WATSONVILLE — Kaiser Permanente has granted $150,000 to the Watsonville-based Community Action Board of Santa Cruz County, Inc. (CAB) to provide housing resources to 75-100 homeless or “housing-insecure” families in South County, according to a press release.
CAB is the lead agency in the five-member South County Housing Collaborative which includes Pajaro Valley Unified School District’s Healthy Start program, Pajaro Valley Shelter Services, Families in Transition and California Legal Rural Assistance. All of the assisted families will have children enrolled in PVUSD, and are primarily very low-income Latino and farmworker families living in the area.
Last year, Kaiser Permanente announced a $200 million Thriving Communities Fund to improve community health by addressing housing stability and homelessness, among other needs.
“This is tremendous support to move our work forward,” said Helen Ewan-Storey, CAB’s assistant director. “This is a community that has a high need for housing resources, and we’re excited Kaiser Permanente is stepping up to help.”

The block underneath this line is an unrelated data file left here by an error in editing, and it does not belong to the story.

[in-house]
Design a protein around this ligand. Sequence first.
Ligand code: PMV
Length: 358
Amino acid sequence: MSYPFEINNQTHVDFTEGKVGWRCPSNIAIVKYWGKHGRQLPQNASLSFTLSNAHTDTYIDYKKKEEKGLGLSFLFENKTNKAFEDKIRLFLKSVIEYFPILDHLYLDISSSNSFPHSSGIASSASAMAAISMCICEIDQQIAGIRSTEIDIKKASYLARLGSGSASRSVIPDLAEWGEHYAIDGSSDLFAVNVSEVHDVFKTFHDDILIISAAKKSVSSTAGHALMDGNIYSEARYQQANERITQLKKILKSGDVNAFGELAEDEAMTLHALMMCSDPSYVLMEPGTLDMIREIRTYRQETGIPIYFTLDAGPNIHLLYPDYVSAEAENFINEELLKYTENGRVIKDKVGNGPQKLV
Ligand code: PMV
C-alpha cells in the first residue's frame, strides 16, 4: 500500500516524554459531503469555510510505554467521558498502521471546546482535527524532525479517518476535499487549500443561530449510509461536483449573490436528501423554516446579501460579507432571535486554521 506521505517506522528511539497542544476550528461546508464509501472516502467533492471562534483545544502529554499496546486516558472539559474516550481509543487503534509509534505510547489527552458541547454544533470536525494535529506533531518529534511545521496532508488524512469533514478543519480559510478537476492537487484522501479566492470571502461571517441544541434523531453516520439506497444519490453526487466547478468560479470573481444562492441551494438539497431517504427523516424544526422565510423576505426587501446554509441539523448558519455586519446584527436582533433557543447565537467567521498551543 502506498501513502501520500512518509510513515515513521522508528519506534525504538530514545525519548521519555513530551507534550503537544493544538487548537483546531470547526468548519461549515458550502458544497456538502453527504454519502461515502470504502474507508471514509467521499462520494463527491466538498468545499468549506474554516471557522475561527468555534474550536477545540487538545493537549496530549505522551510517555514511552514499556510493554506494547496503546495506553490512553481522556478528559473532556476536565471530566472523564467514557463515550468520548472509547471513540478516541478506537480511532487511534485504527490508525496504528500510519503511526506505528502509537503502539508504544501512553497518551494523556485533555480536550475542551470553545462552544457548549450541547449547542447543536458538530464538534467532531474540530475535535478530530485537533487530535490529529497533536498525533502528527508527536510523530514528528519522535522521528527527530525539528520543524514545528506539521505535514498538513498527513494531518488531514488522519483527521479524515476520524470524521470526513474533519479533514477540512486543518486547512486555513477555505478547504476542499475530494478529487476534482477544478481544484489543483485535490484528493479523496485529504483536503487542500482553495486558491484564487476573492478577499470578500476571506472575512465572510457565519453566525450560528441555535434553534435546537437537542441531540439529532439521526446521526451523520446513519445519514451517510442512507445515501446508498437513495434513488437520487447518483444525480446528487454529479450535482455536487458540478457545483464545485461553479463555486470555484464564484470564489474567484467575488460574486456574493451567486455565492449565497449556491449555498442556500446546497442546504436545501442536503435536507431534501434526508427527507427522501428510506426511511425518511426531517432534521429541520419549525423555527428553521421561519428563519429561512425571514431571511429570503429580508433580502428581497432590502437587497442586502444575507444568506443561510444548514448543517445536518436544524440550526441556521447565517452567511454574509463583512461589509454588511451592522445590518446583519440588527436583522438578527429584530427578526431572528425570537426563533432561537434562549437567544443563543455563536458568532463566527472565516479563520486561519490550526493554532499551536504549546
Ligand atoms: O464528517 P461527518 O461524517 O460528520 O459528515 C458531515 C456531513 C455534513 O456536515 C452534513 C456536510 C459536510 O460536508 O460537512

Ewan-Storey said that the CAB-led program will provide support services to the families, helping them develop housing plans and goals, as well as making connections to health, income and nutrition, education, and employment assistance programs.
“For many, we’ll help them navigate forms and systems for affordable housing, shelter and waiting lists, as well as assist with move-in money and rental assistance to avoid homelessness,” she said.
The housing aid will also help up to 200 PVUSD students maintain or improve school attendance and academic progress, and the students will get priority enrollment in afterschool programs.
“Housing is health,” said Irene Chavez, senior vice president and area manager of Kaiser Permanente San Jose Medical Center and the Santa Cruz Area. “Our mission is improving the health of our communities and that can’t happen until people have stable housing.”
Kaiser Permanente has provided more than $2 million in grants to Santa Cruz County nonprofits since opening health care services in the county in 2017, according to the organization. Those grants addressed community and family safety, healthy eating and active living, mental health, and access to care and coverage.
“This is important work the Community Action Board is doing; we’re proud to support it,” Chavez said.